Special ID, is a rip-roaring action film directed by Clarence Fok (known for 1992's classic Naked Killer) and stars Donnie Yen. It opens on Friday, March 7th in New York and Los Angeles, with a national release to follow. (Check out the official Special ID website at Well Go USA for information about cities, theaters, roll-out dates and showtimes.)
I attended a pre-release press screening here in New York on February 24th. In a nutshell, Special ID is a WINNER! Donnie plays undercover detective Chen Zilong who is known in the criminal underworld he's infiltrated as "Dragon" Chen. There's lots of suspicion, distrust and betrayal going on, as one might expect in this kind of film. And action sequences a-plenty; very fine action sequences as far as I'm concerned. Lots of fisticuffs as well as a nicely done car chase in which Volvos are prominently featured. (China's Geely Automobile Holdings Ltd. completed its purchase of Ford Motor Co's Volvo unit in August 2010.)
|Donnie doin' what he does best: puttin' the hurt on an opponent.|
With Sammo Hung, Jackie Chan and Jet Li in the "aging out" process, "Donnie the Prince" is becoming "Donnie the King" of Chinese action movies. His role here is somewhat similar to Tony Leung's in John Woo's Hard Boiled. In fact, Special ID's action scenes have the intensity of Woo's old "bullet ballets" but with fists, elbows, knees and feet instead of guns, and without the slow mo' and white doves.
The film brought to mind some of the other great Hong Kong films of the 1990s, including Jackie Chan's Police Story series. I make these comparisons in the most respectful way. Whether or not Fok intended to hint at that golden age of Honk Kong actioners, I found it very enjoyable to experience once again the awesomely satisfying feeling of watching those great films.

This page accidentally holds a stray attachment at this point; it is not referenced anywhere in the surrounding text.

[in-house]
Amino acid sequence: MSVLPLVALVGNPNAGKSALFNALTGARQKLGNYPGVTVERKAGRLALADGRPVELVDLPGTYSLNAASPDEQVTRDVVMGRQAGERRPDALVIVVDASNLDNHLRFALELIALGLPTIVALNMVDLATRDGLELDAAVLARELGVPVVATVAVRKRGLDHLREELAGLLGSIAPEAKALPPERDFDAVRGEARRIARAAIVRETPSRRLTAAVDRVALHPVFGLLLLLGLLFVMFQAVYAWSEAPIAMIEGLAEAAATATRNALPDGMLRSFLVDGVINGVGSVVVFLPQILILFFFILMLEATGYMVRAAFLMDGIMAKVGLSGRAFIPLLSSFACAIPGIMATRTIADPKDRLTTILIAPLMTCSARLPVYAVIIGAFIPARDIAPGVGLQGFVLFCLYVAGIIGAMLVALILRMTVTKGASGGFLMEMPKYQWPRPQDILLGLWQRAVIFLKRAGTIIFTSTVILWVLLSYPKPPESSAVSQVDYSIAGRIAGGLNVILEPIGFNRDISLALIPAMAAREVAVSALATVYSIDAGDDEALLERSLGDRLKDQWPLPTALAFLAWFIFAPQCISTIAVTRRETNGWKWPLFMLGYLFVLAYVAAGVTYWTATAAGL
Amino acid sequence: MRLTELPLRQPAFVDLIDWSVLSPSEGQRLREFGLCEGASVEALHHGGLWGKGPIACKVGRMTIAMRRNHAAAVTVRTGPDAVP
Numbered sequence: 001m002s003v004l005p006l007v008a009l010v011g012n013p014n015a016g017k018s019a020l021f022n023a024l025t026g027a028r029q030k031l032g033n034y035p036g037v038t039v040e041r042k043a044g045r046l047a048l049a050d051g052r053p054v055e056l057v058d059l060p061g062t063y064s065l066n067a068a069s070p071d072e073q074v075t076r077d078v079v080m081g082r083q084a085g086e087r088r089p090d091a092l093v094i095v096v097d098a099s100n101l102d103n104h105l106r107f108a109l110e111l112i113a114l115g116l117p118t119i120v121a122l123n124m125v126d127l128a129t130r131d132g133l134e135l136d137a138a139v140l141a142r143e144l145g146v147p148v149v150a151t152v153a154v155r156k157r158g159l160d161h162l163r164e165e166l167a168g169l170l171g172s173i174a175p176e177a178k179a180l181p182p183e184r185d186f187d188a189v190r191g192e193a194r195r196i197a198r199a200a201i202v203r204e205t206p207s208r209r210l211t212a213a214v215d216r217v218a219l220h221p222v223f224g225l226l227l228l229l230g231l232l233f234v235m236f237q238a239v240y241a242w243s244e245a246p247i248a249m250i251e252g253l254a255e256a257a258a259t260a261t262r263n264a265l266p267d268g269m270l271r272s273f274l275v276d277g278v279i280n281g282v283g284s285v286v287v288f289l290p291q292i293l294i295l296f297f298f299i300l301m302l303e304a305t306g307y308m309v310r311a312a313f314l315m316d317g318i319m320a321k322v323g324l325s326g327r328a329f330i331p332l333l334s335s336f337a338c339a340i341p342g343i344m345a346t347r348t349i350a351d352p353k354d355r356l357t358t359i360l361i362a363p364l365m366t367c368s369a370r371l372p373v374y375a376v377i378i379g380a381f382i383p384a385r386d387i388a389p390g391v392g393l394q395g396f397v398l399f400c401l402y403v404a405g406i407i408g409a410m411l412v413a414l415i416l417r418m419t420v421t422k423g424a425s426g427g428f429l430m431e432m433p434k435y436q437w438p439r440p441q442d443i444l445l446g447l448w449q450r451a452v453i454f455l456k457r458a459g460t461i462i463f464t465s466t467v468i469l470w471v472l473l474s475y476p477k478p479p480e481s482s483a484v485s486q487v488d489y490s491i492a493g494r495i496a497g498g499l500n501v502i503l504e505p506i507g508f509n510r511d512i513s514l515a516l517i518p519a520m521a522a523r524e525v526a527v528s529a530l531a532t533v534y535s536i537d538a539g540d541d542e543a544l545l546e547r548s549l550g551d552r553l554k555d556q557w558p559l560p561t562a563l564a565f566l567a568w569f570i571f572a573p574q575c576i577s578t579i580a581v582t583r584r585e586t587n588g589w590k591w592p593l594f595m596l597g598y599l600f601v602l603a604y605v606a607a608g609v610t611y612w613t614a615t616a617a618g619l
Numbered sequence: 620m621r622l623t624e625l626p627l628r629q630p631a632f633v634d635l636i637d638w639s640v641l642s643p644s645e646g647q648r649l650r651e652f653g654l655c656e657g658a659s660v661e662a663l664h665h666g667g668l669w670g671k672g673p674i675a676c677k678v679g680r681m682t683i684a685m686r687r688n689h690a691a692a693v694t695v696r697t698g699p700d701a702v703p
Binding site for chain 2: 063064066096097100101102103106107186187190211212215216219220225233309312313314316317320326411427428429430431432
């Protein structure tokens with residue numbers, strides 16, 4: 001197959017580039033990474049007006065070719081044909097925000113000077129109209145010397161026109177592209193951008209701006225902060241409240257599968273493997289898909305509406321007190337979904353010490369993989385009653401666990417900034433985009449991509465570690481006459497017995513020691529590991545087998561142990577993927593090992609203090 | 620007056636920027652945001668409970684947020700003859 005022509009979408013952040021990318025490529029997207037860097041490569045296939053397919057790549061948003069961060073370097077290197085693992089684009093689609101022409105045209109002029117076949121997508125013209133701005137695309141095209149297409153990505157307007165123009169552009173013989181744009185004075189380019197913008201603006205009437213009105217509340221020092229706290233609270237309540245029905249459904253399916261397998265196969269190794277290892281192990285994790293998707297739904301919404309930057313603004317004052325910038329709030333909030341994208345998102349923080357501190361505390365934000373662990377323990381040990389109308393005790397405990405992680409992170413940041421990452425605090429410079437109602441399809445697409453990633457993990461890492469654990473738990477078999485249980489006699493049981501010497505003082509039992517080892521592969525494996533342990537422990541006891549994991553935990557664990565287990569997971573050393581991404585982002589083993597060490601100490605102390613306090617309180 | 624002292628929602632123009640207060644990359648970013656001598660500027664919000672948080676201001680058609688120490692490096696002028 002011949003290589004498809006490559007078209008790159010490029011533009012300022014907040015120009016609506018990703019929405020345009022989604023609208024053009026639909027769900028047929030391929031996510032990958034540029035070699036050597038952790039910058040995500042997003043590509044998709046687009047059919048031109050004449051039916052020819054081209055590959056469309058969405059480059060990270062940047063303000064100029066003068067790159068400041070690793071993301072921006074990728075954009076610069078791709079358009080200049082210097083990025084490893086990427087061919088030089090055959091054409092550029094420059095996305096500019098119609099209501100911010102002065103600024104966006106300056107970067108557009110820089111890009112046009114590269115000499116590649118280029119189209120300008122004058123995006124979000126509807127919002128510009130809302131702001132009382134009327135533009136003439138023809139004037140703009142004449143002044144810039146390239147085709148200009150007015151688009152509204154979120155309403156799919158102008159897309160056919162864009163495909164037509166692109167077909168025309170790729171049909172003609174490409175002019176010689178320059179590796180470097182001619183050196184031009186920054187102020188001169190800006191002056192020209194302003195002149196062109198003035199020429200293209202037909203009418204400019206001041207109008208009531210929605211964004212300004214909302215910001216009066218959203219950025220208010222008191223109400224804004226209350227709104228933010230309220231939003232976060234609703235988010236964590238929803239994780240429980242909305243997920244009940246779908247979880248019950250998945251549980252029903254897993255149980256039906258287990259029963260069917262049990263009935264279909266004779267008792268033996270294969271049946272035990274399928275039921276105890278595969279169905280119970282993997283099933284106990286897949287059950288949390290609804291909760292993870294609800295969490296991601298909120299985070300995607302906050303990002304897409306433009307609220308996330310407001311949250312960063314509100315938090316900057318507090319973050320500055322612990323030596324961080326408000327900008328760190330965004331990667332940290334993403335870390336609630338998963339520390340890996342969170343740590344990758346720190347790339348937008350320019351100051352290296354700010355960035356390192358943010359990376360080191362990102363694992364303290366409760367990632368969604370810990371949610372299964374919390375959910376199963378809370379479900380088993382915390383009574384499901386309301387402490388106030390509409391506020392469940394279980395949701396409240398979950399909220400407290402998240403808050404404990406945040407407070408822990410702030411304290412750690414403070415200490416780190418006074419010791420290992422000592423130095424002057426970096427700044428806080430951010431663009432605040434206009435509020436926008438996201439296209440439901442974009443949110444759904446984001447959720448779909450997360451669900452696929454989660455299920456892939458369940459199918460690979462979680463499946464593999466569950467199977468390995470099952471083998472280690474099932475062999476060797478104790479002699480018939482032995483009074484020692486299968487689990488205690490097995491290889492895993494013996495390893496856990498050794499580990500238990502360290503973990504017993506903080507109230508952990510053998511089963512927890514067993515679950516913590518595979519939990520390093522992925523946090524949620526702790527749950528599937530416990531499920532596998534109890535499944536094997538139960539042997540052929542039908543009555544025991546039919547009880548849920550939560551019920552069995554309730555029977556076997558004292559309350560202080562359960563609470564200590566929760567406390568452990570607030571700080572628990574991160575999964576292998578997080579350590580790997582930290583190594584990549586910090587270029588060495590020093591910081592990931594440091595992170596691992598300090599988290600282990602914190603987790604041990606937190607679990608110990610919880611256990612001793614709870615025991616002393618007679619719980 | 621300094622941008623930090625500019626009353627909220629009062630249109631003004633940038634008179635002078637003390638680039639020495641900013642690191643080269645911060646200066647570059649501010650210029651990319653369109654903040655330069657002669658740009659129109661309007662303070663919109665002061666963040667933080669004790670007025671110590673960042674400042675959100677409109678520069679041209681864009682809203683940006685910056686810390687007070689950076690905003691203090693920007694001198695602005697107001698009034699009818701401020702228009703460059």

|Mainland police officer Fang Jing (Tian Jing, center)|
Lovely Tian Jing (The Warring States, Police Story 2013) is fine looking as Fang Jing, a Mainland cop who's at loggerheads with Chen. She does surprisingly well in the action scenes, though she seems to be clearly doubled in some of the more dangerous ones, which would be no surprise. Her delicate bone structure does make her physical toughness a bit far-fetched. (Her arms are so thin that she remind me of Phoebe, the character with "avian bone syndrome" in the television show 30 Rock.) No matter, she's perfectly fine in the role and provides a welcome respite from the abundant testosterone with which the film is imbued.
Special ID is one helluva fine actioner. Thanks to Well Go USA for bringing yet another terrific Asian film to North American theaters. Seeing it is guaranteed to satisfy your "action Jones."
ACF Rating: 3.5 out of 4 stars; very highly recommended.